President's Corner

We live in a society where most people make their livelihood by getting paid for services rendered. This mode of cooperation, based on the principle of exchange, imposes responsibilities on the participants. These are some­times explicitly spelled out in profes­sional ethics.

The nature of some of the professions is such that the responsibilities of the professional person rendering services to different people do not necessarily conflict. Although a phy­sician may inadvertently curtail services to one patient because he must serve another, he does not thereby automatically harm the one because he helps the other.

Other professionals, for example, lawyers who are required to serve the interests of a client, often must work against the interests of the client’s rivals, competitors or opponents. This circumstance, acknowledged to be in­herent in the legal profession, is therefore generally accepted.

Similarly, it has been taken as a matter of course through the ages that a ‘soldier “serves his country” and eschews politics. Generally, this has been interpreted to mean that the interests of his country are determined by others, particularly politicians.The soldier’s duty is to further these interests, often by acts of violence, such being natural to his profession. When violent, the services rendered by the soldier for his country very definitely harm others. Moreover, a soldier sometimes does harm to his own country if the war in which he fights was a consequence of a disastrous policy which the soldier was not able (by the ethics of his profession) to question. But this circumstance is also acknowledged to be inherent in the profession of the soldier and therefore generally accepted as unavoidable.

In each of the three instances cited we have rather clear indications of a professional ethos: in the case of the physician, loyalty to the patient or, as implied in the Hippocra­tic Oath, to humanity in general; in the case of the lawyer, loyalty to the client within limits imposed by law; in the case of the soldier, loyalty to his state, in general without any con­straints, especially since the weapons of total destruction have done away with all traditional constraints in war – e.g., sparing civilians.

What about us who call ourselves scientists? Do we have responsibili­ties? If so, what are they? Although analogues of the Hippocratic Oath have been proposed for scientists, they have not been accepted. A scientist does not need a license to “practise”. And it is not clear whom he is supposed to serve. For this reason no generally recognized ethical constraints restrict the activity of a scientist, as disbar­ment restricts the lawyer or a poten­tial malpractice suit restricts a doctor. There is nothing except his own conscience and the opinion of respected colleagues that prevents a psychologist, for instance, from desig­ning ways of persuading people to buy things they don’t need for prices they can’t afford to impress people they don’t like. Similarly, there is nothing except his own conscience and possibly opinions of respected colleagues to inhibit a chemist from working on an effective method of poisoning water reservoirs, a biologist from developing a pathogenic organism against which there is no protection, or a physicist from developing ways of delivering this death-dealing organism without its arrival being detected.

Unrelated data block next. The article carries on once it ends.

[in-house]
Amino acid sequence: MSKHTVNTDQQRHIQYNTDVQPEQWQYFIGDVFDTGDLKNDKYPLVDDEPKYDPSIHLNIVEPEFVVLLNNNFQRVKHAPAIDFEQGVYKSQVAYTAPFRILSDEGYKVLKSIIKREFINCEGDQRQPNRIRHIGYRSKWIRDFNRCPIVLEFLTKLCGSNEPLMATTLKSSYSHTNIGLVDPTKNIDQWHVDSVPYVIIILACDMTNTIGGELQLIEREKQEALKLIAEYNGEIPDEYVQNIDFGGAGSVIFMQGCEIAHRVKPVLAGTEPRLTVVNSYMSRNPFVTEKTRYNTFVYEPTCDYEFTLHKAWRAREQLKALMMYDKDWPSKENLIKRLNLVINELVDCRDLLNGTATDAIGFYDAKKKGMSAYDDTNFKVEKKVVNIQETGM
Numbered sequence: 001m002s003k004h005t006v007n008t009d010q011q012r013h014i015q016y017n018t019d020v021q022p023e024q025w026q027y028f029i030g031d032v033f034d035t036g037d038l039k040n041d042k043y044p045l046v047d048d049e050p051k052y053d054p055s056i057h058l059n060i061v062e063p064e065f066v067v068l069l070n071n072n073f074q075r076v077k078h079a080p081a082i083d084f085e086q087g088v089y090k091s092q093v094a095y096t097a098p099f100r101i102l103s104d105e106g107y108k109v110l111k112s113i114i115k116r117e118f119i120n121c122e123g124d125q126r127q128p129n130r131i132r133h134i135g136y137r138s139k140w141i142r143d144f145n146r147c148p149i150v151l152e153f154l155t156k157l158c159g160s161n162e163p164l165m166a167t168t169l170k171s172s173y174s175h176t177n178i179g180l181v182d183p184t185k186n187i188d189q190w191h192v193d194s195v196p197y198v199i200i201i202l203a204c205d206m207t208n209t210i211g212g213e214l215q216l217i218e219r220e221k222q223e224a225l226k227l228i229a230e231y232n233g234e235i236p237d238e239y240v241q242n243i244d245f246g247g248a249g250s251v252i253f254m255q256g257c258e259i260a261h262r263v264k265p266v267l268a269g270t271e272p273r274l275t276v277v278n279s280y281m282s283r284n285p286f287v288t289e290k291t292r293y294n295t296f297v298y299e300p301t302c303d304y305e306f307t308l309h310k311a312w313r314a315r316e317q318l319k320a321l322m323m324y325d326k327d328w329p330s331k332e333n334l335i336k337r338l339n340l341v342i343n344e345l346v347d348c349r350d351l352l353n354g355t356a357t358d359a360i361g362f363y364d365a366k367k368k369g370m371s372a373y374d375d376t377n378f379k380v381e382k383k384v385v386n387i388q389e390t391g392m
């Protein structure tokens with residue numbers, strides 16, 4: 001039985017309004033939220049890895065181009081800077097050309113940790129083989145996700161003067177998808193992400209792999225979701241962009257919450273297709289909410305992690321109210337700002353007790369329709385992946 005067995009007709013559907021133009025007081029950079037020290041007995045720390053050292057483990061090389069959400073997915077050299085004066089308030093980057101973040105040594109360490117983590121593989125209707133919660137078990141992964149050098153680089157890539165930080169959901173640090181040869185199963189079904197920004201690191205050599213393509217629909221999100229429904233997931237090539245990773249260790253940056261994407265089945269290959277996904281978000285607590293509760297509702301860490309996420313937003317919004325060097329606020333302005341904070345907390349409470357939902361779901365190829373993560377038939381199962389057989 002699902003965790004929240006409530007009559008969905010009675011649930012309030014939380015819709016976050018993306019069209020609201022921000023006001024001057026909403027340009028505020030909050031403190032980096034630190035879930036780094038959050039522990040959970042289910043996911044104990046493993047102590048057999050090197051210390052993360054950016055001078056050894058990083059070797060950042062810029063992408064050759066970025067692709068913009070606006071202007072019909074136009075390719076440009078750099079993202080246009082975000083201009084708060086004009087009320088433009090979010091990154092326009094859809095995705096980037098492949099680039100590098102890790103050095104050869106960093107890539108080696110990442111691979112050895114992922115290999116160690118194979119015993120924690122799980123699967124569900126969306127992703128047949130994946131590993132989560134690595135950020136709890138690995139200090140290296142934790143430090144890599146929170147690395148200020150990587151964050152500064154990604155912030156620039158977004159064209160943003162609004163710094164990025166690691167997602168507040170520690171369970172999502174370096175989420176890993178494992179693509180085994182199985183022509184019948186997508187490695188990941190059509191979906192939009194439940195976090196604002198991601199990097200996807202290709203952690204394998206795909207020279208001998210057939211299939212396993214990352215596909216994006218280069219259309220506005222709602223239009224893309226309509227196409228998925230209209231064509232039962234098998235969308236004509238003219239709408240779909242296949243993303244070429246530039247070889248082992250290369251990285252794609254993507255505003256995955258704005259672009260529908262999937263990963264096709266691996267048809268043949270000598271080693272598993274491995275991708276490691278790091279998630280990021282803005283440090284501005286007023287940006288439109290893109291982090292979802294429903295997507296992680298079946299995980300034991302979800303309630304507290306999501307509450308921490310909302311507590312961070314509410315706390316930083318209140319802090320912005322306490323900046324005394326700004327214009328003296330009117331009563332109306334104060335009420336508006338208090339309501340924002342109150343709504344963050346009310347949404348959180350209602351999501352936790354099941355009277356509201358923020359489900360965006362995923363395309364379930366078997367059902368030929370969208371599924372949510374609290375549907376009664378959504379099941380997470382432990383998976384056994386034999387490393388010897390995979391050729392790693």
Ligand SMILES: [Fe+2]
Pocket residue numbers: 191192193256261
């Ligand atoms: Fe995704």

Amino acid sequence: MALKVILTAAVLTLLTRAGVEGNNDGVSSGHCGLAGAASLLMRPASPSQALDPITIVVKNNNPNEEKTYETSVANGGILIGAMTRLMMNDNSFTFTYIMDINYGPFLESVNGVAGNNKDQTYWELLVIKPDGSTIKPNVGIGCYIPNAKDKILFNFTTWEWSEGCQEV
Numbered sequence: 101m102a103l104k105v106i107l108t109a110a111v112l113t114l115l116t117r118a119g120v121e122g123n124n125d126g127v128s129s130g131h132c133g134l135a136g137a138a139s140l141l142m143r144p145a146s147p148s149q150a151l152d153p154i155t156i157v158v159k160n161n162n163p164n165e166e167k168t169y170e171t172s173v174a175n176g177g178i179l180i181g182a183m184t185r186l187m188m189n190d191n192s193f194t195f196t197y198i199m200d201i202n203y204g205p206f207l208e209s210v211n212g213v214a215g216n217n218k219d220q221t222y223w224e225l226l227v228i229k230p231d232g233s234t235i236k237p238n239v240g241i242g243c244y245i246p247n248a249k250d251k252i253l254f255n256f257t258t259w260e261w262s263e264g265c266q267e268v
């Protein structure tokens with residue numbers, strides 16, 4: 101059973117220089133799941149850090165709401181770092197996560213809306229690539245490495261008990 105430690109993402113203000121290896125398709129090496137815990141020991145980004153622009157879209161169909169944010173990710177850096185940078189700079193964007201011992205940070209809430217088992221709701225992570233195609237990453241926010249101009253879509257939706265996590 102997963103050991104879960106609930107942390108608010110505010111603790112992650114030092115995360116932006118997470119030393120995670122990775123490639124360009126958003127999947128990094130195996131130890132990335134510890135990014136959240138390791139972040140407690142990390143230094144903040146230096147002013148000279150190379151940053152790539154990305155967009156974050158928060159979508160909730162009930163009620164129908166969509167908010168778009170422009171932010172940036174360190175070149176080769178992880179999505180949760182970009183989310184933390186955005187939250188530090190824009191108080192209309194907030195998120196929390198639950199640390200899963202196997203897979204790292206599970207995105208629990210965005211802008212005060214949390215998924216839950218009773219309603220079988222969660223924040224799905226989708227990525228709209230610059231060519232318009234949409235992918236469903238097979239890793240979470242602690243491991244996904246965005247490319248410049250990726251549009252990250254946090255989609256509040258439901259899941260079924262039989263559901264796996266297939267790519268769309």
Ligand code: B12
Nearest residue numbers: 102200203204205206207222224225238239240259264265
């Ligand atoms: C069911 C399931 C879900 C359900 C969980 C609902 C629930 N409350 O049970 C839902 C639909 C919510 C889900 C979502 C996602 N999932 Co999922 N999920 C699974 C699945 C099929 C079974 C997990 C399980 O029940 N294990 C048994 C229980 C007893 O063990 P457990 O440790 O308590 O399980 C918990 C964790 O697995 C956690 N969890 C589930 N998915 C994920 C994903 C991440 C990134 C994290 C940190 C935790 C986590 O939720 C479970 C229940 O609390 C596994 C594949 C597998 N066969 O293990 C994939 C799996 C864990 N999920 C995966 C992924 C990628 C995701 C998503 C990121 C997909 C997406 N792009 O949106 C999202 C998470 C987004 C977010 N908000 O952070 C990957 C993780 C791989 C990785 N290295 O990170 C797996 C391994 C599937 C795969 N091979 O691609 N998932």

Human life now stands in danger of being extinguished on this planet, and this danger stems entirely from a technology aimed at total destruction.

This technology was made possible by rapid advances of science, coupled with the refusal of many scientists to abandon the conception of science as a “value free” mode of thinking. In this conception science is exclusively instrumental – an enterprise that can find effective means of attaining given goals but chooses to be powerless to evaluate the goals themselves. In other words, the conception of “value free” science makes the profession of the scientist appear similar to that of the soldier.

In contrast to the soldier, all of whose service is to a nation’s power elite,the scientist has served ordinary people by providing means of reducing misery and drudgery, of emancipating human beings from irrational fear and superstitions, of teaching ways of reaching consensus on what is objec­tively true. This promise of science in the service of humanity is incompatible with the threats scientists generate when they choose to serve power exclusively.

One can discern in this dichotomy a social responsibility of the scientist: namely,to refuse to be co-opted into the service of the war machine. The respon­sibility of organizations of scientists such as ours has also become clear: namely, to explore alternative oppor­tunities for creative scientific work.

Surely these exist in every field. Scientists interested in space tech­nology, for instance, could work on surveillance techniques that could make data immediately available to everyone, thus undermining the base of military secrecy. Surely enough imaginative use can be made of exciting new discoveries in biology to entice biologists, especially the young, away from biological warfare research. There is plenty of work for economists to show how the transition from a war to a peace economy can be made with the minimum pain.

In short, we could make our task the finding of alternative fields of endeavour to induce a “brain drain” away from military research and to widen the scope of scientific research directed toward survival. This would create opportunities for governments genuinely dedicated to the pursuit of peace to shift their support to these areas.

— A.R.

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